Video review: Panasonic AG-UX90 4K camcorder
Here we are reviewing Panasonic’s AG-UX90, an HD and 4K (UHD) camcorder which records to SDXC cards at 25p – this camera does not shoot 50p.
The lens is a Leica f2.8 to f4.5, ramping down as you zoom in. It boasts a wide angle of 24.5mm BUT this is only in HD filming; switch to 4K and you get a less useful 35.4mm wide end.
At a push, some chromatic abberation can be seen but you’d be trying really hard to spot it. Likewise, slight cmos skew is evident on fast pans but on more typical everyday shots, is no problem.
The zoom can be configured to standard or fast mode, in which case crash zooms for fast reframing are very feasible; even in fast mode, the zoom rocker is sensitive enough that you can perform a manual creeping zoom should you so wish.
The usual three lens control rings are present, the focus having a particularly nice rubberised grip and smooth motion; it can also be set up to a coarse, fine or even speed sensitive setting, making accurate focusing easily achievable and this simple but obvious requirement should not be underestimated. Some camcorders manage to get this very wrong but not here.
Focus assist offers customisable magnification and peaking though very disappointingly, the magnification aspect does not work during recording, only in standby.
Auto focus is quite intelligent in that it can be overridden by the focus ring at any time, after which it will either stay locked on to what you chose to focus on, or if you made it blurry, or move the lens to point at something else, will refocus itself. Autofocus speed is also snappy.
Unfortunately, for anyone doing self-shot pieces to camera such as TV reporters, there’s no face recognition which means the auto focus can get confused about what to lock onto, depending on how you frame the shot. Keeping the lens at a wide angle to give maximum depth of field is advised here.
Exposure can be set via the iris, 3 levels of ND filter (plus off), gain and shutter, the latter two of which can be altered by the scroll wheel on the side of the unit. A histogram is a useful touch for confidence though a waveform monitor would be even nicer.
Low light capability is moderate with visible noise especially once any gain is applied. That, we’ve seen worse. An option called SuperGain is for emergency shooting where anything’s better than nothing but you’d have to be desparate to use it.
Optical and hybrid image stabilisation is provided though the hybrid mode only works in HD. When in 4K, the system’s not very good at smoothing out moving shots but stay still and it does a nice job of compensating for shake even on full telephoto.
Whilst Panasonic’s V-Log picture profile is not available, a selection of others are, including Cine V, and Cine D the latter of which is distinctly flatter in look, permitting some degree of later colour grading.
Two channel audio is provided with XLR inputs for a top mic and interview mic in Panasonic’s unusual but not unintelligent positions. Controls are hidden behind a flap to prevent accidental alteration, whilst levels can still be amended without problem.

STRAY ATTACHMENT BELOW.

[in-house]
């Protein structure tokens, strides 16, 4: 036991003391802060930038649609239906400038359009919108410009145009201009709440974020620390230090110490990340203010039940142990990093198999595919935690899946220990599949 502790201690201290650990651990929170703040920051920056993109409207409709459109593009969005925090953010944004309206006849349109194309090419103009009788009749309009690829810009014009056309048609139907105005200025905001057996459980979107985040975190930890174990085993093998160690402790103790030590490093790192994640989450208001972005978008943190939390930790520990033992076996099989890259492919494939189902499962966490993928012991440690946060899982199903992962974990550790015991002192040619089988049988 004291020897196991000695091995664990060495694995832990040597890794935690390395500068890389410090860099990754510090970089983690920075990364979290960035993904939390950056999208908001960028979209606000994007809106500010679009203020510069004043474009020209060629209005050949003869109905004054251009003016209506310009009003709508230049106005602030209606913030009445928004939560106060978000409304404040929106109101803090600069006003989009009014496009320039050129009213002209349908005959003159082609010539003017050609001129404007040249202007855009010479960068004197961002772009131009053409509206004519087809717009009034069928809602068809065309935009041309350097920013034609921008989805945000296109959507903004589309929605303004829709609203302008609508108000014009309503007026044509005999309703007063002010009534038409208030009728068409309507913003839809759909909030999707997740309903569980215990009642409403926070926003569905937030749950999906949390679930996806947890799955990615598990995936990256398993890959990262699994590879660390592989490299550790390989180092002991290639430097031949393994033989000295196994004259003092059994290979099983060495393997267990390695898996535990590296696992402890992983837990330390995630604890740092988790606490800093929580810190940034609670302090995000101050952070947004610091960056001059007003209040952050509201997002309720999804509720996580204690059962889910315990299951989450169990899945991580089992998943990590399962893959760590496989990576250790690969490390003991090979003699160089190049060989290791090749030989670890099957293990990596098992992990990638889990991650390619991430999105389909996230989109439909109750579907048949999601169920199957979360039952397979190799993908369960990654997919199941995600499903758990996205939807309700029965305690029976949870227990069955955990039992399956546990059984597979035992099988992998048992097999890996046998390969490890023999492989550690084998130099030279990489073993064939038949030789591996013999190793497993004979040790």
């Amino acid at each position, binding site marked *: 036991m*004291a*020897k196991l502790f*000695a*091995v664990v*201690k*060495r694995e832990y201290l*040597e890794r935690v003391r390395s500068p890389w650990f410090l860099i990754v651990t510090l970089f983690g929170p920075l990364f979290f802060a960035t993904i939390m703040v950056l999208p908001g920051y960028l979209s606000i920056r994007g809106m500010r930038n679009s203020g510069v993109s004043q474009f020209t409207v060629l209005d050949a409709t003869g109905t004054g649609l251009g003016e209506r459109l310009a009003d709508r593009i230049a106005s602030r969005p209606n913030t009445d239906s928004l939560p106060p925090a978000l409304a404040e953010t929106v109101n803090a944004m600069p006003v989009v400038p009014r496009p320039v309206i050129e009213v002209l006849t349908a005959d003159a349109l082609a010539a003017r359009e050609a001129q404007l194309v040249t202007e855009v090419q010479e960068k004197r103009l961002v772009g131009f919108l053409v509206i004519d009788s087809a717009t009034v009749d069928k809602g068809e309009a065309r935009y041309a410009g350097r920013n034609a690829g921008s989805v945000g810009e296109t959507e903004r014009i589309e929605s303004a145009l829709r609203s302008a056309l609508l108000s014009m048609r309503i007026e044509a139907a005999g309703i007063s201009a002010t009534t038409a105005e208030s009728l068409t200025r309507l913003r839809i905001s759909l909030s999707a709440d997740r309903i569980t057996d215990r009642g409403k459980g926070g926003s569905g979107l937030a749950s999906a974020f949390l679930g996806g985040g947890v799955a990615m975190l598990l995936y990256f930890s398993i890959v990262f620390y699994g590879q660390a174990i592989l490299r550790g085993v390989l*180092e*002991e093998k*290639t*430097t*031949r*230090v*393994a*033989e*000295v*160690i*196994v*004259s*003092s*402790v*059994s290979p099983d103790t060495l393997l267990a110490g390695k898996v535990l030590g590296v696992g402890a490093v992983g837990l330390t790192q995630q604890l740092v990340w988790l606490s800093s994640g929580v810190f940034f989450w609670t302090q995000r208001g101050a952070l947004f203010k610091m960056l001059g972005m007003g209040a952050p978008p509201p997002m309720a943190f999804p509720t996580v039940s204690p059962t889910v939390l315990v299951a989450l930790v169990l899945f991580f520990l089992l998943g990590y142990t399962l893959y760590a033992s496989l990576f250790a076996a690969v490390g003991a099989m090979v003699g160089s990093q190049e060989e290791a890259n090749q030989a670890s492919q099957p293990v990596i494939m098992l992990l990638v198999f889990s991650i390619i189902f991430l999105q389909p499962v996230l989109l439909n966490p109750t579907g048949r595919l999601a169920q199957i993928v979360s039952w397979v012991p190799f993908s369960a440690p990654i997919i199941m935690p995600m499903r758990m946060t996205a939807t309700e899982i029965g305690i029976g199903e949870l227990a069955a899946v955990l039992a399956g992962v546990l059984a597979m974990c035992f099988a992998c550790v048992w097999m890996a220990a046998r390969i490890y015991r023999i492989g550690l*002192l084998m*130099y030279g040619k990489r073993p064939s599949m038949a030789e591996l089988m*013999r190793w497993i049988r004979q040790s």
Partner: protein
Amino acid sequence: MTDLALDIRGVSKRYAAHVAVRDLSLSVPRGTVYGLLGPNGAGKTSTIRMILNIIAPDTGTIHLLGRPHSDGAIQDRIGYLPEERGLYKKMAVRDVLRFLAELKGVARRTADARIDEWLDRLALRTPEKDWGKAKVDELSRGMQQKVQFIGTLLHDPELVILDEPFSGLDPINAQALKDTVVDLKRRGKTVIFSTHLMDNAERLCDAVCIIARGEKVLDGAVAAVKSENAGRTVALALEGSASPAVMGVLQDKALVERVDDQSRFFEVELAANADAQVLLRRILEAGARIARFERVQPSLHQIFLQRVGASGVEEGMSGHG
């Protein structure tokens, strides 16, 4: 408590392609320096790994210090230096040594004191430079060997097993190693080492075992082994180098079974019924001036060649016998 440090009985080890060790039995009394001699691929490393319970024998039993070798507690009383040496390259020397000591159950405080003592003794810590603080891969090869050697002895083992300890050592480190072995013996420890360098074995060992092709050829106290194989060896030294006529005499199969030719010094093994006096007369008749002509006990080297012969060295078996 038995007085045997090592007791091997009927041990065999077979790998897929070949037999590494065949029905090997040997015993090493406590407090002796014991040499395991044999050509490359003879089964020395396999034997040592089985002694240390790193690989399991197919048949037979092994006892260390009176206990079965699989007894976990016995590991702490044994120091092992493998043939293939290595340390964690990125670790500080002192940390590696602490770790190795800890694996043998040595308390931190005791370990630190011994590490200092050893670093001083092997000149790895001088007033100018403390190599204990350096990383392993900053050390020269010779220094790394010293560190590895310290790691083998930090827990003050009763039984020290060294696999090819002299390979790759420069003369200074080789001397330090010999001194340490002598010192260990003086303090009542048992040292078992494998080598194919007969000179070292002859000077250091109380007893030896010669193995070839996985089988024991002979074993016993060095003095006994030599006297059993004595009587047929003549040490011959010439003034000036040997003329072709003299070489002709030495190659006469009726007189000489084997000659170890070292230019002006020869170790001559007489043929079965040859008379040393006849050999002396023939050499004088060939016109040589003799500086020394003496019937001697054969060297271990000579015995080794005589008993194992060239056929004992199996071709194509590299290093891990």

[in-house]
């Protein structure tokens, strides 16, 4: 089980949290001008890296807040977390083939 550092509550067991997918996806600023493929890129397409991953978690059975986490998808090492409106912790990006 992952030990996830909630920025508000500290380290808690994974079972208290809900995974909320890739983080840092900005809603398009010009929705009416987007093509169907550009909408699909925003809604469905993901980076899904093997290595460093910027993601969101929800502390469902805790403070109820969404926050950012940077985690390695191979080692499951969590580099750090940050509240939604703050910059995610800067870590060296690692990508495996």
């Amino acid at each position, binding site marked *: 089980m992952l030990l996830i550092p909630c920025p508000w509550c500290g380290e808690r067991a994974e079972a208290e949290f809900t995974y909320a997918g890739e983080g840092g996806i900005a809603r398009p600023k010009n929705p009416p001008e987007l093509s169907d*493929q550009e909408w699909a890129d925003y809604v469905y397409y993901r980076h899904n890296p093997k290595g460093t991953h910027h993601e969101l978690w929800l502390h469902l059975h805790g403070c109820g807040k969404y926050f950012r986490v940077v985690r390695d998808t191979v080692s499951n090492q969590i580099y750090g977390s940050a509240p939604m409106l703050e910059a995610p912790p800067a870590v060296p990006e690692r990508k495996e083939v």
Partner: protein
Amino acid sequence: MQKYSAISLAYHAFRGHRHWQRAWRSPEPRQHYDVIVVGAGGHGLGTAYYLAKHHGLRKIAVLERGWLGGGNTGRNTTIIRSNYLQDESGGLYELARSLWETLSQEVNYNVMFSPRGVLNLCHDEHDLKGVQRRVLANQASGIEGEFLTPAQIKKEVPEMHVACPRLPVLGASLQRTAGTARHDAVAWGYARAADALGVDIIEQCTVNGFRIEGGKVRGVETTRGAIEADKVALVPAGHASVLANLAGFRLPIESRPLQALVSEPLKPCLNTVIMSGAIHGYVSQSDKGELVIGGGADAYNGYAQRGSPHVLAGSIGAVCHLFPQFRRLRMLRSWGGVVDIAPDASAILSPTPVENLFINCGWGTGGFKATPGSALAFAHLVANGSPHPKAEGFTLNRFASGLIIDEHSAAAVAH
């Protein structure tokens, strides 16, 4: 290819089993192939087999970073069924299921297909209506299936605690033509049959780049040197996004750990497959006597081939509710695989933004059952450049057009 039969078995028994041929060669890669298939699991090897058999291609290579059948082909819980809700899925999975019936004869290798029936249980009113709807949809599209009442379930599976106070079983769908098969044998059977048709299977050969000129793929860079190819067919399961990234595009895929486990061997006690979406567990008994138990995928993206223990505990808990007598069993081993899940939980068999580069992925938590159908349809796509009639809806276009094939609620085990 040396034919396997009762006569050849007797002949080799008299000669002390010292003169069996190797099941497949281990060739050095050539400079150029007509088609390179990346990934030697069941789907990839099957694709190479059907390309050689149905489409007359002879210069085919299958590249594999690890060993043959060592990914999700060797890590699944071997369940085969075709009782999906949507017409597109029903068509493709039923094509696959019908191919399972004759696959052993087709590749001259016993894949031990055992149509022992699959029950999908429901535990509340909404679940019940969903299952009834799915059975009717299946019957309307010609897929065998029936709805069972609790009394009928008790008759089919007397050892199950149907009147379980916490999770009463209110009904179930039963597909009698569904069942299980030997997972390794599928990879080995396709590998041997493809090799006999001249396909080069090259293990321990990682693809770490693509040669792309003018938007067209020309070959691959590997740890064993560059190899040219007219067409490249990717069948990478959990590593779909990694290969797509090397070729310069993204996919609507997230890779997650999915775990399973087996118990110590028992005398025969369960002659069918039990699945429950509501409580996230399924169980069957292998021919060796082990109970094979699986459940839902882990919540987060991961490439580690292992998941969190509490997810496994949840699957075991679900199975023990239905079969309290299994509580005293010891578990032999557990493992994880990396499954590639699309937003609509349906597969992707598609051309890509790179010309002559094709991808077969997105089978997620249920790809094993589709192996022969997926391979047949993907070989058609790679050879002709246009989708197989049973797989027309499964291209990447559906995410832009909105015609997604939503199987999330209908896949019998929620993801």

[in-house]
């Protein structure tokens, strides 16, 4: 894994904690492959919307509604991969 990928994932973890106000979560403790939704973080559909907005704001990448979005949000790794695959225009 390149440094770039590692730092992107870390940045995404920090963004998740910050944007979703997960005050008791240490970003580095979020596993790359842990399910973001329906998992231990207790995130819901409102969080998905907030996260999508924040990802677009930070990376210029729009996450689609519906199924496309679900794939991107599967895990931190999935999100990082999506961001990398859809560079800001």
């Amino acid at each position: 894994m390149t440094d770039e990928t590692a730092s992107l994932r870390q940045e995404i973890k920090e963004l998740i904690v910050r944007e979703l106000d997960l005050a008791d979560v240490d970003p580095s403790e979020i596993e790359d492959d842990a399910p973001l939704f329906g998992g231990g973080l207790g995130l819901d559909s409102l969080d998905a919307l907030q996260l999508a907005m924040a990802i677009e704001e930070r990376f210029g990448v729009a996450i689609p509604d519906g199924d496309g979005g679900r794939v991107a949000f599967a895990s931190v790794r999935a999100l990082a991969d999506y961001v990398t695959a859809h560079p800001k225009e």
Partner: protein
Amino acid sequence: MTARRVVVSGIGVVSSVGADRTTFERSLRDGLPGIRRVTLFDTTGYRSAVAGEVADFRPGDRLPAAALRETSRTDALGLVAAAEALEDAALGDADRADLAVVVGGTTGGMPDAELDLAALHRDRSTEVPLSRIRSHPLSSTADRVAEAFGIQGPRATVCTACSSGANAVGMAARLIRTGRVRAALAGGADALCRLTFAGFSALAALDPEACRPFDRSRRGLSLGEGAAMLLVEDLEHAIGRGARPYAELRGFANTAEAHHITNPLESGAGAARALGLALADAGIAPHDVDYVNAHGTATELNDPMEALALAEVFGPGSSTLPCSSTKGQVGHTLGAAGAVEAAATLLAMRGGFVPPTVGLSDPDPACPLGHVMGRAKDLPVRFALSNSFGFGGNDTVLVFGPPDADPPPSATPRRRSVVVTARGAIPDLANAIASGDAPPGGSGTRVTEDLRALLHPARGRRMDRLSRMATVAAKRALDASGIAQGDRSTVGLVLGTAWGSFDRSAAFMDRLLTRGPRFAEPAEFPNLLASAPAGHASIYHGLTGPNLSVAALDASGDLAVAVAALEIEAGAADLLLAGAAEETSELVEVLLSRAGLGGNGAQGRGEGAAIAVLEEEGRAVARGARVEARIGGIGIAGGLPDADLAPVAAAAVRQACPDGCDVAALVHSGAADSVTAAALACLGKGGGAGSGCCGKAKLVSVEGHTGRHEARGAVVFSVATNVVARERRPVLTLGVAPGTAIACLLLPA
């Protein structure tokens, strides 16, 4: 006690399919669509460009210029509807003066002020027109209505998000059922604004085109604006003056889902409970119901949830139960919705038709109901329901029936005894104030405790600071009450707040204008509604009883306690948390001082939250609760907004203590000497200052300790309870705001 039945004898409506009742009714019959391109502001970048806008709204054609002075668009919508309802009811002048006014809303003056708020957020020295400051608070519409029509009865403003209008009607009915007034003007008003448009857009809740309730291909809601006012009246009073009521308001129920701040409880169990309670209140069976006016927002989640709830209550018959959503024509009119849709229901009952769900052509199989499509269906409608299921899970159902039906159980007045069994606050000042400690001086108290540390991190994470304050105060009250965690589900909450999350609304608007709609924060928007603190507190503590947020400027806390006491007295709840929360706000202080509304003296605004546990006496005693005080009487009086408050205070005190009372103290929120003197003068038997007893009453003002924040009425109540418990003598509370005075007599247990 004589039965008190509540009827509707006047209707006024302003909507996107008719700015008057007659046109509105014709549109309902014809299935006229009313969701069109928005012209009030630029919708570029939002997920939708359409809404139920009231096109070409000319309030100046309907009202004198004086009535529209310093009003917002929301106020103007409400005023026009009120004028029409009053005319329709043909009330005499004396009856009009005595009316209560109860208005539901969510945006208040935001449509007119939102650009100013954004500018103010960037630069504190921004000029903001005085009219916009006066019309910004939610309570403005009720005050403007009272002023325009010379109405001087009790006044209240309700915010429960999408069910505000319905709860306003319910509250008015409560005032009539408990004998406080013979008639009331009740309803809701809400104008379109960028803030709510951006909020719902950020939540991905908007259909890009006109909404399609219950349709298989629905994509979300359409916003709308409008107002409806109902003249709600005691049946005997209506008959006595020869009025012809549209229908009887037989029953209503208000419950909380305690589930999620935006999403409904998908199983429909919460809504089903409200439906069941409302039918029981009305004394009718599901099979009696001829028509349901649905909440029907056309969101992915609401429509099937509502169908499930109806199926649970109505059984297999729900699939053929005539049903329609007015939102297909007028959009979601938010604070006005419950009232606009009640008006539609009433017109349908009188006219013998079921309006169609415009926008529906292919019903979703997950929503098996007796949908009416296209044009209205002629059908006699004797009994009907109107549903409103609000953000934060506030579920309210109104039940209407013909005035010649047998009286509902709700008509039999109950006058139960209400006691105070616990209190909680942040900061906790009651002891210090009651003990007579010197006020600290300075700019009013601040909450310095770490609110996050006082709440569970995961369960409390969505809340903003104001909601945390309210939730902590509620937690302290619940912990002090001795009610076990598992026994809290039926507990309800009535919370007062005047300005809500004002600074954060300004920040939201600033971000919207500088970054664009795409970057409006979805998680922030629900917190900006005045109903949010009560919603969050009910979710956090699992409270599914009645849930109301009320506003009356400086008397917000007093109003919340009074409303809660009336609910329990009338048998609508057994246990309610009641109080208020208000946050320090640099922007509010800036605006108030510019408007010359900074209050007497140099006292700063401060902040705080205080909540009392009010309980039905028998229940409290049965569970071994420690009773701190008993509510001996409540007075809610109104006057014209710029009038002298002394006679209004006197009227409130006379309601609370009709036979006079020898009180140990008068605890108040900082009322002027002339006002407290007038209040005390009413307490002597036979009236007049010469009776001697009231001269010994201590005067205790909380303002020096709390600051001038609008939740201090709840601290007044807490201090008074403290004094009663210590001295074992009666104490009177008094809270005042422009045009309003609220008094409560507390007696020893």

Audio meters on screen are sadly lacking any calibration other than a small mark at -12dB and peak indicators when you overload.
The AG-UX90 is an easy camcorder to like. Simple things like the textured grip on the lens and underneath the top handle make it a pleasure to use. Ditto the lens cap, built into the hood and so impossible to drop or lose. The handgrip is comfortable and well positioned, and the camcorder not too heavy or unbalanced to hold.
Almost every aspect can be customised from the plethora of buttons on the camera body, to the image profile, and the display of information on screen.
The LCD screen is large but hard to read in daylight and, though it rotates, can’t be viewed side on, nor from the right hand side of the camcorder, and for solo shooters these limitations are frustrating and annoyingly typical of many camcorders.
It is a touchscreen but options can also be selected via the scroll wheel if you don’t wish to smudge your display.
The EVF is OK but nothing more; another irritation is that it can’t be used at the same time as the screen, they have to be toggled, one or the other.
Battery life is amazing though, the included cell giving a claimed 7 hours recording which, although untested, seems not unlikely as very little power was used during all the filing we did.
In conclusion, the AG-UX90 is a great camcorder for news, event filming, corporate work and suchlike. Unfortunately, for us it’s let down by the 35mm wide angle in 4K mode, and the inability to shoot 50p in 4K.
Unless you only film in 4K very infrequently, the next model up, the AG-UX180, is really the one to aspire to as it features not only true 4K recording as well as UHD but a wide angle lens that really is wide even in the 4K modes. Plus it boasts 50p recording and a 20x optical zoom lens. There are also extra recording modes such as dual codec which can be handy in certain situations.
Unfortunately, the UX180 is 1200 pounds more than the UX90 but here’s the oddity: Panasonic’s consumer division has released a version of the UX180 that apppears to be almost identical other than losing an HD-SDI output and that model, the HC-X1, is – in the UK – just 300 pounds more then the UX90. In fact, we’ve even spotted it from an authorised dealer even cheaper still! So, whilst the UX90 is great, our money would be on the HC-X1.